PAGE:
Production on The CW's "Crisis on Infinite Earths" crossover appears to be winding down, and fans are already preparing for the heartbreaking and emotional moments that that will entail. With Arrow - the show that essentially started the network's modern DC universe - coming to an end this year, filming on the crossover appears to be making way for some pretty bittersweet moments. On Thursday, Legends of Tomorrow star Caity Lotz took to Instagram to share a behind-the-scenes photo of herself and Arrow star Stephen Amell, which she says is from what "might have been the last scene" the two of them did together.
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Today is the last day of filming for the 5 show crossover, and this might have been the last scene @stephenamell and I do together. I look really happy here but it’s bitter sweet. Going to miss #arrow but luckily we still have #legendsoftomorrow #theflash #supergirl and #batwoman
Given the fact that Lotz's character - Sara Lance/White Canary - got her start as a character on Season 2 of Arrow, her goodbye to Amell has years of extra significance behind it. And while it's unknown exactly how Arrow's eight years on television will ultimately come to a close, it sounds like fans will be satisfied with the outcome.
"The good news is unlike Game of Thrones or unlike Lost, were not burdened with having to answer a question," consulting producer Marc Guggenheim told ComicBook.com earlier this year. "We're not burdened with 'who's going to sit on the Iron Throne?' or "what was the island?' so we get to do, I think, a much more character-based ending. So, at the same time, the complication for us is that we also have "Crisis" and I think a lot of the stuff that was always in my head in terms of how to end the show we're now actually going to end up doing in the crossover instead so it's like now what does the series finale become? But, you know, we've got plans."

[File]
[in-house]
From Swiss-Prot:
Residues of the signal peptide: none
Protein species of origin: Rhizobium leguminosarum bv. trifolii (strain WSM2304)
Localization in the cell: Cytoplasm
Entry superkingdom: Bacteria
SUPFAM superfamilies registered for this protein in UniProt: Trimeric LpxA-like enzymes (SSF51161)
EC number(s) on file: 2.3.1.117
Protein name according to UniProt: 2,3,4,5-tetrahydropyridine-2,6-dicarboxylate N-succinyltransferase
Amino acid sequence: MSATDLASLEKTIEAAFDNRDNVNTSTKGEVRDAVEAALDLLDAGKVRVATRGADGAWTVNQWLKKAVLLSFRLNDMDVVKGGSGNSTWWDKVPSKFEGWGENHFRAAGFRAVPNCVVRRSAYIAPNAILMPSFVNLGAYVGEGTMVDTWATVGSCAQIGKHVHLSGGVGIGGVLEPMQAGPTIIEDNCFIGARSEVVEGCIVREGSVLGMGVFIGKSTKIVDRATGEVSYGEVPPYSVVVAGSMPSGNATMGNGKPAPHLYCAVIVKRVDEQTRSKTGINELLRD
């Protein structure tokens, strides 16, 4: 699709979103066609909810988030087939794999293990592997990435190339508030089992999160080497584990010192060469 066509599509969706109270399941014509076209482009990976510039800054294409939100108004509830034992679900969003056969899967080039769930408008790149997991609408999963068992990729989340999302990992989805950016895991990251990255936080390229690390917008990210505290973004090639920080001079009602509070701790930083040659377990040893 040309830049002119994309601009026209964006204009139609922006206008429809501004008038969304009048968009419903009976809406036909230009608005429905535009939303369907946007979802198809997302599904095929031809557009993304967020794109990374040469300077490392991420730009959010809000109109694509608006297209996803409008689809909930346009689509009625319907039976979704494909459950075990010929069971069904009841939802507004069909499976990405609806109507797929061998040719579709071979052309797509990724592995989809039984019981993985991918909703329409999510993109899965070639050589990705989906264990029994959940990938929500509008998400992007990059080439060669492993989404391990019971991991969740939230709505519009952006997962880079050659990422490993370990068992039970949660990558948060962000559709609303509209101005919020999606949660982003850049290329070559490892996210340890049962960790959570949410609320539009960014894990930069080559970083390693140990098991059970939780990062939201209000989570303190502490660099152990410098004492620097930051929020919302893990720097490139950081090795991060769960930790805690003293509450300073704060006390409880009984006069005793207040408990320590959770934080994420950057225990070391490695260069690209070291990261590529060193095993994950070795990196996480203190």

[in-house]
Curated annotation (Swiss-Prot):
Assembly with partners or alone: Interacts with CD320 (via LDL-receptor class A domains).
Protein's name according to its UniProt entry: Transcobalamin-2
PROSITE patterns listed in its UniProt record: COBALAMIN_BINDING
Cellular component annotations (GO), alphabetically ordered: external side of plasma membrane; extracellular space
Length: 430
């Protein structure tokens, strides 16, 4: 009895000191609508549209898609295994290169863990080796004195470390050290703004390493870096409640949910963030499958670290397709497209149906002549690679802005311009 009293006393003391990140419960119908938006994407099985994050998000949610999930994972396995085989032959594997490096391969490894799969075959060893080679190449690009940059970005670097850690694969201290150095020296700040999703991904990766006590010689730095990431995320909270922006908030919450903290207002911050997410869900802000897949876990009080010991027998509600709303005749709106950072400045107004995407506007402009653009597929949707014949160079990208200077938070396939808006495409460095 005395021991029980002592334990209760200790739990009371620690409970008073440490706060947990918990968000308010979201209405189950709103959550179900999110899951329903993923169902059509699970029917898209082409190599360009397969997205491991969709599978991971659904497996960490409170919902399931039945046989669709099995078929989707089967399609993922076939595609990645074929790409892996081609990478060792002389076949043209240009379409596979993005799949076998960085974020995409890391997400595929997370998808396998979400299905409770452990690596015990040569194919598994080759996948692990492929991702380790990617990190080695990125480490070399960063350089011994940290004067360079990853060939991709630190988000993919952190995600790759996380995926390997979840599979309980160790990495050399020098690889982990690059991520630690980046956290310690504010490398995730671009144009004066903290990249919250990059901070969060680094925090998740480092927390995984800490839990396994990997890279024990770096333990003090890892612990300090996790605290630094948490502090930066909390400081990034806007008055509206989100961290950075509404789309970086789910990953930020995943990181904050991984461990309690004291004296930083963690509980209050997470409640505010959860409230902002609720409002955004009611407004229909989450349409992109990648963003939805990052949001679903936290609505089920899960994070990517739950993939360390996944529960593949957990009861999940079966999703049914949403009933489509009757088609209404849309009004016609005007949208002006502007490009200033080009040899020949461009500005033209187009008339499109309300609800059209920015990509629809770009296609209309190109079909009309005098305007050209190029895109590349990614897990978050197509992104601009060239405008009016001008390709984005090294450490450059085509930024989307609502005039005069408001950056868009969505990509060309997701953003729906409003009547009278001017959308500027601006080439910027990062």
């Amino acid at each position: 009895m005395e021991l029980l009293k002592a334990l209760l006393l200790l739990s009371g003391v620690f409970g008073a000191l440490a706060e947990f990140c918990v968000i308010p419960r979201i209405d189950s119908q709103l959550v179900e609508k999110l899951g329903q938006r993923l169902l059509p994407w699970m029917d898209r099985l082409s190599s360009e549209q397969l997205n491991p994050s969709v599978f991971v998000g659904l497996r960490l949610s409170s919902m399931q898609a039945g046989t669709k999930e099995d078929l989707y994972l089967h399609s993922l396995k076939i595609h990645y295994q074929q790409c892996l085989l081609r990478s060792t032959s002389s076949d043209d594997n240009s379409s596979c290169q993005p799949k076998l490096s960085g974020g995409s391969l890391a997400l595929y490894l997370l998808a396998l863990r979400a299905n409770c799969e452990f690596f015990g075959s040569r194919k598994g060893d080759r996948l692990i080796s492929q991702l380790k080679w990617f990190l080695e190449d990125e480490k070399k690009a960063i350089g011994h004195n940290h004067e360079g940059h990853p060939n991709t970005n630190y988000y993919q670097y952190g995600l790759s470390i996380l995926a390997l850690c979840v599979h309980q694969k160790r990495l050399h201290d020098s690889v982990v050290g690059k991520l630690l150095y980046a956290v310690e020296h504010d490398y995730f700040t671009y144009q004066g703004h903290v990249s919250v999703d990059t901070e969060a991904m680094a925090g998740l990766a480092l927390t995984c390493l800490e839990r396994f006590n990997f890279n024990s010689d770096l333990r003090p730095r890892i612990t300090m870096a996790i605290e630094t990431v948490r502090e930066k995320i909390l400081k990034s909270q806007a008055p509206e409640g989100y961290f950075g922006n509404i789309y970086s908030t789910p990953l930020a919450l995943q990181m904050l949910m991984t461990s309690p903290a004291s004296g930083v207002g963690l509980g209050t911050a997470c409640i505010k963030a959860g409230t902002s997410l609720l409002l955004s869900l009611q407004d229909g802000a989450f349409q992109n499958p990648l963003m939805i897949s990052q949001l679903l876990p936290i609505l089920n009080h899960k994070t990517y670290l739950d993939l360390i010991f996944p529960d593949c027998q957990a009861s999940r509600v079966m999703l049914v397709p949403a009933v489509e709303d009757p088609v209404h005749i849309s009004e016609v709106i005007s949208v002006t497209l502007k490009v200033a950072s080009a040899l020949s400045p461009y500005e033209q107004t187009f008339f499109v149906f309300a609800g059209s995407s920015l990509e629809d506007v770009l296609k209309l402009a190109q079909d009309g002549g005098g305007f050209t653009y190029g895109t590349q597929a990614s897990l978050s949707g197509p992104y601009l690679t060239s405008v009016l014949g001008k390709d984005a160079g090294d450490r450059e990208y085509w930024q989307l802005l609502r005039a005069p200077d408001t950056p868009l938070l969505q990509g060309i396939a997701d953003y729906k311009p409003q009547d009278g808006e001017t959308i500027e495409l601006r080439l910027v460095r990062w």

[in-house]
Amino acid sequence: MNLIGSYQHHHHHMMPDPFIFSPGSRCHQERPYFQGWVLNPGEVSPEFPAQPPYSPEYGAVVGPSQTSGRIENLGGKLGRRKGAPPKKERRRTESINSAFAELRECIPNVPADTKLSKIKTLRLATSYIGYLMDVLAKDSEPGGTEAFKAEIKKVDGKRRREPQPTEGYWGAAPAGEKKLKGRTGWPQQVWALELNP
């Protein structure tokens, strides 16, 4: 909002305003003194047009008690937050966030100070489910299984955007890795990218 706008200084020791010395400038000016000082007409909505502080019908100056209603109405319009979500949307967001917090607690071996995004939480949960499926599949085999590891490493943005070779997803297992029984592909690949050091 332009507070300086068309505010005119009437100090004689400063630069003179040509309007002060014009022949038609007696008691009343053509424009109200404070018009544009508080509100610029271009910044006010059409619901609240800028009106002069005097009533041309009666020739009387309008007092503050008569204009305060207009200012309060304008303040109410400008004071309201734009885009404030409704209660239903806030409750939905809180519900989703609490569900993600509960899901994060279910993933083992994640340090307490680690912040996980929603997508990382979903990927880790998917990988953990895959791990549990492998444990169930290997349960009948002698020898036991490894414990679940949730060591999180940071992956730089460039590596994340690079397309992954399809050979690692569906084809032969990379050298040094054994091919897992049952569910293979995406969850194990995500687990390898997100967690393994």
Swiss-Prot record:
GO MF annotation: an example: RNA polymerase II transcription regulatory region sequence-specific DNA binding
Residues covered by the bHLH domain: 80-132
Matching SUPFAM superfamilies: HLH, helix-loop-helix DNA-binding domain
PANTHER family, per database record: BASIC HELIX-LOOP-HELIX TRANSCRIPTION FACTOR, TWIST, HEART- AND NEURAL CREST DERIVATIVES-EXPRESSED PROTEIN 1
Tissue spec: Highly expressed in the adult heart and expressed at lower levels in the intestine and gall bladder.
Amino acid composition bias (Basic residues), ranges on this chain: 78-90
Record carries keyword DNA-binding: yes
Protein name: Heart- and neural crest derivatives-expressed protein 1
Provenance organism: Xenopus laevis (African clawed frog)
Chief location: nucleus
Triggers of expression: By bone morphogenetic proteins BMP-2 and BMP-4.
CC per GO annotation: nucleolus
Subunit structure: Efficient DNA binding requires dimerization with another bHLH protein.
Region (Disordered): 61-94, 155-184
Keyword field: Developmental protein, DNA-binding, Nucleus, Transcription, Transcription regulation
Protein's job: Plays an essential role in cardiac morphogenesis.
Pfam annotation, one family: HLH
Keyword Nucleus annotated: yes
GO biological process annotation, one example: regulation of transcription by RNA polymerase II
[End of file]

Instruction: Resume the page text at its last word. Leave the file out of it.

"I'm really excited about it." Guggenheim continued. "The goal is to make it satisfying for the fans, but the good news for us is we don't have the challenges that Lost or Game of Thrones had," he continued. We also don't have the ratings, so there's that, too. But I feel the pain of Damon, Benioff, and Weiss. It's hard. It's a hard thing to do in a way that satisfies everyone. I also think, because I've been thinking how does one end a series, there's what the initial reaction to something is and then there's how it stands the test of time and those two things are not always the same."